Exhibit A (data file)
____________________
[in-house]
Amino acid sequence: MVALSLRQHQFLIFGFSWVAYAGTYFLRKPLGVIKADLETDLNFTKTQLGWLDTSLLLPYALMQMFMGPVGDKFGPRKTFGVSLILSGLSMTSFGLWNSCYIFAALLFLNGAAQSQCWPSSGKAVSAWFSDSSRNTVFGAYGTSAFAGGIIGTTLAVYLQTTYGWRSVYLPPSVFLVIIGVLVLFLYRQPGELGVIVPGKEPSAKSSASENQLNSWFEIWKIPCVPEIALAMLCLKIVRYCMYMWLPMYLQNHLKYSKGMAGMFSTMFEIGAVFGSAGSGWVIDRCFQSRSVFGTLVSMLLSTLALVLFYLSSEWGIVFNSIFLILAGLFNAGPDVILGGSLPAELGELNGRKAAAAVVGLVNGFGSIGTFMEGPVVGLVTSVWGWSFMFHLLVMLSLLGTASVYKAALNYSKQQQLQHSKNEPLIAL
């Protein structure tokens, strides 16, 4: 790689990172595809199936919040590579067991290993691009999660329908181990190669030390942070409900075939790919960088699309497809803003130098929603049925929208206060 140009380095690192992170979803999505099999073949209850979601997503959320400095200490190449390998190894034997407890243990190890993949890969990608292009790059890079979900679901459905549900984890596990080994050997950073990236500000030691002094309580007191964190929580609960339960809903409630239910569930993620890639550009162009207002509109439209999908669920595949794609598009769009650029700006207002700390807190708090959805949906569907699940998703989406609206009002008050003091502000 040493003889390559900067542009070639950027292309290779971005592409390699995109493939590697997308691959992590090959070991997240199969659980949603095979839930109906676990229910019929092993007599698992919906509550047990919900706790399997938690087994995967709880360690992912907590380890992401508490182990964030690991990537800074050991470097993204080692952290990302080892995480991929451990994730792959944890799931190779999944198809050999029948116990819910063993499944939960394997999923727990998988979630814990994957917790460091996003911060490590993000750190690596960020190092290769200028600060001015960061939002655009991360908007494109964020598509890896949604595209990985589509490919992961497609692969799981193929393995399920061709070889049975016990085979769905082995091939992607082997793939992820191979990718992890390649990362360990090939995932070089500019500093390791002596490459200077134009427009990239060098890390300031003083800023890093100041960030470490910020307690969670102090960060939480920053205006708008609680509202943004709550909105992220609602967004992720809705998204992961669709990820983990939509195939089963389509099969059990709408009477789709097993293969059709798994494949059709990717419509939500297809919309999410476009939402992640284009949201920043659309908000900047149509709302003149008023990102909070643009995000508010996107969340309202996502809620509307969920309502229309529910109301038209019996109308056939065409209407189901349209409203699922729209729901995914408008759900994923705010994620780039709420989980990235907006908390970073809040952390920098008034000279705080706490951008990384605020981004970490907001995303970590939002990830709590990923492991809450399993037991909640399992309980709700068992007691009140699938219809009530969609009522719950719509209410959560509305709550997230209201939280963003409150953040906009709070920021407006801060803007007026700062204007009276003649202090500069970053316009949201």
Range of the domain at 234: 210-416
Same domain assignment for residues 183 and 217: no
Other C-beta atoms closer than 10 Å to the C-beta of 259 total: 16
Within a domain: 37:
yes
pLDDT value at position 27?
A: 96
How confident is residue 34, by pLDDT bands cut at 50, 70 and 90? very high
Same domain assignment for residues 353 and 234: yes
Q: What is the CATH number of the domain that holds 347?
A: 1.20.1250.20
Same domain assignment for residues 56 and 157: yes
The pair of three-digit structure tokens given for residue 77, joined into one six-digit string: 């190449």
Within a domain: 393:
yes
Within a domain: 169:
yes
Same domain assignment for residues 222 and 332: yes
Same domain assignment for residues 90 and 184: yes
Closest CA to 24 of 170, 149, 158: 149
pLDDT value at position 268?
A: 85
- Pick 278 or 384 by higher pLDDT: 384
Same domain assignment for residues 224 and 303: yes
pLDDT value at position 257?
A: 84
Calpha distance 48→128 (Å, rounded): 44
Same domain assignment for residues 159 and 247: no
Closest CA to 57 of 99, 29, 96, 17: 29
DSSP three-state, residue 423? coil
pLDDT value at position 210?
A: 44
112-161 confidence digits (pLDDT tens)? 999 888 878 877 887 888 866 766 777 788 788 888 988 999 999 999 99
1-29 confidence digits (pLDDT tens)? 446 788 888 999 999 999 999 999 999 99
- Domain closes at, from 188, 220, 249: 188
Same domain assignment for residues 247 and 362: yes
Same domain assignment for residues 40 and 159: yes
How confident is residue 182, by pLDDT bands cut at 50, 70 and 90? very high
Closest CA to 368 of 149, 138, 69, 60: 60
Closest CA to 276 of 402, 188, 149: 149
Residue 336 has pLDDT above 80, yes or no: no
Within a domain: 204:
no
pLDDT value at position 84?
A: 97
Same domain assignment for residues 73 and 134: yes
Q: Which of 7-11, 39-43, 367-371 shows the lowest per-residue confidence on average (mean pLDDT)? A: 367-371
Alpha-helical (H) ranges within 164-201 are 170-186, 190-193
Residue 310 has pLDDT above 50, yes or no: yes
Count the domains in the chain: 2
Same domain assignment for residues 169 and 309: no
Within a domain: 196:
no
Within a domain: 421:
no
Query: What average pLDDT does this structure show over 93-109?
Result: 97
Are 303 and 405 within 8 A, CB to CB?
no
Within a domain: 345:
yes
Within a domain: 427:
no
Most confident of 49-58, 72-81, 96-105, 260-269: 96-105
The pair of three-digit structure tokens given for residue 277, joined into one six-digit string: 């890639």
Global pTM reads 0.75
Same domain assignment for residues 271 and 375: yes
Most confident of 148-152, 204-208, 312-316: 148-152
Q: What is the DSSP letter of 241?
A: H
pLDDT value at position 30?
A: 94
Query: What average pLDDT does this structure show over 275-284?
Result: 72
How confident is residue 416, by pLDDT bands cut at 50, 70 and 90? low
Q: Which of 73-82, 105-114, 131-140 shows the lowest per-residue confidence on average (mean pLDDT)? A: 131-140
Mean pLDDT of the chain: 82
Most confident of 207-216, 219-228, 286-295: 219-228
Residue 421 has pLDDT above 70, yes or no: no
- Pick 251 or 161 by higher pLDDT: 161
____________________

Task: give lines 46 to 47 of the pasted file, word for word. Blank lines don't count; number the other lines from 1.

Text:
no
pLDDT value at position 84?